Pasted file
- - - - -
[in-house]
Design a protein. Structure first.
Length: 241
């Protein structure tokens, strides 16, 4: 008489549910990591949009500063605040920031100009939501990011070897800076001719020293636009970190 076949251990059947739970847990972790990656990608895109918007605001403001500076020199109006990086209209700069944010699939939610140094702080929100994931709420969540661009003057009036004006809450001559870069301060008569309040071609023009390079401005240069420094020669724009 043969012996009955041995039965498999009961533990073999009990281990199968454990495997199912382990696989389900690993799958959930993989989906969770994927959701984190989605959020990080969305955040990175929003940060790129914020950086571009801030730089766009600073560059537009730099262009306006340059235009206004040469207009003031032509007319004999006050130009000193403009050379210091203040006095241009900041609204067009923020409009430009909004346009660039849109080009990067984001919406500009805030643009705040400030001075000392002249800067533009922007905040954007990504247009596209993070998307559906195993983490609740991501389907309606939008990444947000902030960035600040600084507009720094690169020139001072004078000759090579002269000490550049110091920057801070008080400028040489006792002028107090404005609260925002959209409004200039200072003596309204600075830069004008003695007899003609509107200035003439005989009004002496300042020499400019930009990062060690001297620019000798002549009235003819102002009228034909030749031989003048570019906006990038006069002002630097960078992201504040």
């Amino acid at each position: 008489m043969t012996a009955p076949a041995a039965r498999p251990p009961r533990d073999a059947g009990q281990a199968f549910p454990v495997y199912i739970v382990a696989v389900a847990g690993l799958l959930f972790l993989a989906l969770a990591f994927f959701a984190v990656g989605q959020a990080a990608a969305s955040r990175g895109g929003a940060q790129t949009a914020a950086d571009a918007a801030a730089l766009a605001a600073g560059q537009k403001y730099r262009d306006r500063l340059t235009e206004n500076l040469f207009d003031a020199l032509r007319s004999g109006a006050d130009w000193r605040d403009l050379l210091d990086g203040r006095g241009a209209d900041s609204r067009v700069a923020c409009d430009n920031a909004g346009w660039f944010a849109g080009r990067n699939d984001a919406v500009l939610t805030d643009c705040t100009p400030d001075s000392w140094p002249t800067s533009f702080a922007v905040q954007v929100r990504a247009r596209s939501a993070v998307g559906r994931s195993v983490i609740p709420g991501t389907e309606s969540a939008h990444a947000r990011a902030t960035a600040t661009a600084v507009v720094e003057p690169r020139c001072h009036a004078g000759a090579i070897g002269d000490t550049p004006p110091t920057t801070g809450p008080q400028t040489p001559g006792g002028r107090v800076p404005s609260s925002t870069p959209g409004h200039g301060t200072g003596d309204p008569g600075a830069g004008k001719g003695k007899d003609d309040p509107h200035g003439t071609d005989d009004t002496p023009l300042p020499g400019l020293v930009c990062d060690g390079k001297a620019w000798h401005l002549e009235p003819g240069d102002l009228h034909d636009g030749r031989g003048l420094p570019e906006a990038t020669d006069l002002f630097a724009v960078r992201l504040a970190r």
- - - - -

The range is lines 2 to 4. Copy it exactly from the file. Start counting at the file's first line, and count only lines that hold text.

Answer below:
Design a protein. Structure first.
Length: 241
């Protein structure tokens, strides 16, 4: 008489549910990591949009500063605040920031100009939501990011070897800076001719020293636009970190 076949251990059947739970847990972790990656990608895109918007605001403001500076020199109006990086209209700069944010699939939610140094702080929100994931709420969540661009003057009036004006809450001559870069301060008569309040071609023009390079401005240069420094020669724009 043969012996009955041995039965498999009961533990073999009990281990199968454990495997199912382990696989389900690993799958959930993989989906969770994927959701984190989605959020990080969305955040990175929003940060790129914020950086571009801030730089766009600073560059537009730099262009306006340059235009206004040469207009003031032509007319004999006050130009000193403009050379210091203040006095241009900041609204067009923020409009430009909004346009660039849109080009990067984001919406500009805030643009705040400030001075000392002249800067533009922007905040954007990504247009596209993070998307559906195993983490609740991501389907309606939008990444947000902030960035600040600084507009720094690169020139001072004078000759090579002269000490550049110091920057801070008080400028040489006792002028107090404005609260925002959209409004200039200072003596309204600075830069004008003695007899003609509107200035003439005989009004002496300042020499400019930009990062060690001297620019000798002549009235003819102002009228034909030749031989003048570019906006990038006069002002630097960078992201504040």